Opposition to relaxing quarantine rules on Saudi Arabian horses

Concerns over deadly African Horse Sickness are behind the American Horse Council’s opposition to Saudi Arabia’s request to ease quarantine restrictions on horses from its shores.

Horses from Saudi Arabia, and all countries affected with African Horse Sickness (AHS), must be quarantined for sixty days before entering the United States, while horses from countries without the disease may be admitted with a shorter quarantine period.

The extended period is required to ensure horses from AHS countries are not infected with the disease, which has a long incubation period.

AHS is a highly contagious and deadly disease that affects horses, donkeys, and mules and has a mortality rate of up to 95 percent in naive horse populations like that in the US.

The US Department of Agriculture (USDA), in response to a 2009 request by Saudi Arabia to be recognized as free of AHS, studied the status of the disease in that country.

The horse council said the USDA’s evaluation used information provided by Saudi Arabia and other sources.

Based on its evaluation, the USDA concluded that the disease was not known to be present in Saudi Arabia and that the likelihood of introducing it into the US through imports of horses from that country was low.

But it also concluded that “the biological and economic consequences of an AHS outbreak in the United States could be high”.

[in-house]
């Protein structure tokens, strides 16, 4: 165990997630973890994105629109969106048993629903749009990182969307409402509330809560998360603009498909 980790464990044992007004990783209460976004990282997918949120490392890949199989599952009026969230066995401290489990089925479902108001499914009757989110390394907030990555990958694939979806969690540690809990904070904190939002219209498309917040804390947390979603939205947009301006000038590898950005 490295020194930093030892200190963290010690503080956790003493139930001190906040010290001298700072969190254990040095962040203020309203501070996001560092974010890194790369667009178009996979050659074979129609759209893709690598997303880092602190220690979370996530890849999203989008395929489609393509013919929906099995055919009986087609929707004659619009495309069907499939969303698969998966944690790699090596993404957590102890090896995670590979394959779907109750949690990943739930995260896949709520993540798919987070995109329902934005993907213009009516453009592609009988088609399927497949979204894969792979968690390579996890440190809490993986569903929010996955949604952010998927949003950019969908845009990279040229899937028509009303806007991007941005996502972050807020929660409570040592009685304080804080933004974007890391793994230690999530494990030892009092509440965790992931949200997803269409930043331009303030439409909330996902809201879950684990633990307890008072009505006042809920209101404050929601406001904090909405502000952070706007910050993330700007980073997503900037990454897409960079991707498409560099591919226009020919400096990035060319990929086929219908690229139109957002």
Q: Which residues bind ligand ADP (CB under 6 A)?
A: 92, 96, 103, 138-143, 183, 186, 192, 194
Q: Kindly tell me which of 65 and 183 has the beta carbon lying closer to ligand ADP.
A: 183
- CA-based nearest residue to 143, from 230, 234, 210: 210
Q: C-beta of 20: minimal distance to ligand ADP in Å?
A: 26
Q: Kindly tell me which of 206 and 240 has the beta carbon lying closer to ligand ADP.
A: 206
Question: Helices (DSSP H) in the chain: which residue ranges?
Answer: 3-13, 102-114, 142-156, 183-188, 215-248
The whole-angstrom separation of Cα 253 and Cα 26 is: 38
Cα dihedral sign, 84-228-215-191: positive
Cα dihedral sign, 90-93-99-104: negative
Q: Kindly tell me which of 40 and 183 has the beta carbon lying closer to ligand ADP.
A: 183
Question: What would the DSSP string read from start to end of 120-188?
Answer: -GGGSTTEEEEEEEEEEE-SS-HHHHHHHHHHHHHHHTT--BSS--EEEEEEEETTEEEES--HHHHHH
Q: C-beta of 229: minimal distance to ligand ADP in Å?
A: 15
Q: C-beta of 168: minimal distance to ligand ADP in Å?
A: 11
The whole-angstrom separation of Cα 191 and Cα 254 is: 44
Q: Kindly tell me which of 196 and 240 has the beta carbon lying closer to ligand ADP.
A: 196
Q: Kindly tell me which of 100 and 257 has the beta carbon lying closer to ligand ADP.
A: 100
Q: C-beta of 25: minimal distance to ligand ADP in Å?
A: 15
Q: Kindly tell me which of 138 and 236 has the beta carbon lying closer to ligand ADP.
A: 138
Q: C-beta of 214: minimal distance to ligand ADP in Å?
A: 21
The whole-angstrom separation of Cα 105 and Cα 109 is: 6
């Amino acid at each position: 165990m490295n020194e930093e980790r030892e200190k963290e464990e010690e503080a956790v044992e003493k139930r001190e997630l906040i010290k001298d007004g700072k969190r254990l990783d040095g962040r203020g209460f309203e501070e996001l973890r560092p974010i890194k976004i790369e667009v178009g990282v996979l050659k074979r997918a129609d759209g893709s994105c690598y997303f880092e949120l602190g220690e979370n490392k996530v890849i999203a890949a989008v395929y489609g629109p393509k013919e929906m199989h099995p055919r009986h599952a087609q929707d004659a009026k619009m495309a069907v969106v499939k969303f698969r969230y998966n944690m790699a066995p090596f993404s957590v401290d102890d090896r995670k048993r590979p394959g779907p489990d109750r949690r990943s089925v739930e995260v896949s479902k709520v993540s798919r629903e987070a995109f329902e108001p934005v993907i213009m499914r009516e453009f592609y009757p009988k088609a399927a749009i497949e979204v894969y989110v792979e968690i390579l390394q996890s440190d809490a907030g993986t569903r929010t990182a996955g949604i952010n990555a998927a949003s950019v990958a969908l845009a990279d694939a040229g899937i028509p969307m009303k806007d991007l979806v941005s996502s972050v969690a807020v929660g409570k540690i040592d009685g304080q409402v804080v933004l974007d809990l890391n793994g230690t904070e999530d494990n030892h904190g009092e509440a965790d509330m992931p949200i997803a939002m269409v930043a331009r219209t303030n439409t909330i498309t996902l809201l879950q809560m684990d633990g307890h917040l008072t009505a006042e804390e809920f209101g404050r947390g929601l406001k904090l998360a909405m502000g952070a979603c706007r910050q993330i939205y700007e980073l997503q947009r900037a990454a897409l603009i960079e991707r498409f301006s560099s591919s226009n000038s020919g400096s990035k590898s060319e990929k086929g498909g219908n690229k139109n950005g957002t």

In June, the department proposed to change the federal import rules to remove Saudi Arabia from the list of countries affected by the disease and allow horses to be imported with a much shorter quarantine period.

In lengthy comments filed with the department on August 11, the horse council opposed removing Saudi Arabia from the list of AHS-affected nations. It maintained that the potential benefits were not sufficient to offset the potential adverse consequences, which included the high mortality rate of up to 95 percent; the costs of caring for or euthanizing and disposing of sick horses; the imposition of interstate and international controls and travel restrictions on equine movements, which is so important to the industry that would accompany an outbreak; and the resultant economic affects and lost revenue to the industry in breeding, racing, showing and exhibiting horses.

The counil noted that most of America’s trading partners, and particularly the World Organization for Animal Health (OIE), did not recognize Saudi Arabia as free of the disease.

The council also questioned whether the USDA or the industry itself would have the resources to respond to an AHS outbreak.

The council view is that the USDA evaluation did not make a sufficient case to change the rules and put US horses and the $US102 billion American horse industry at risk of the disease.

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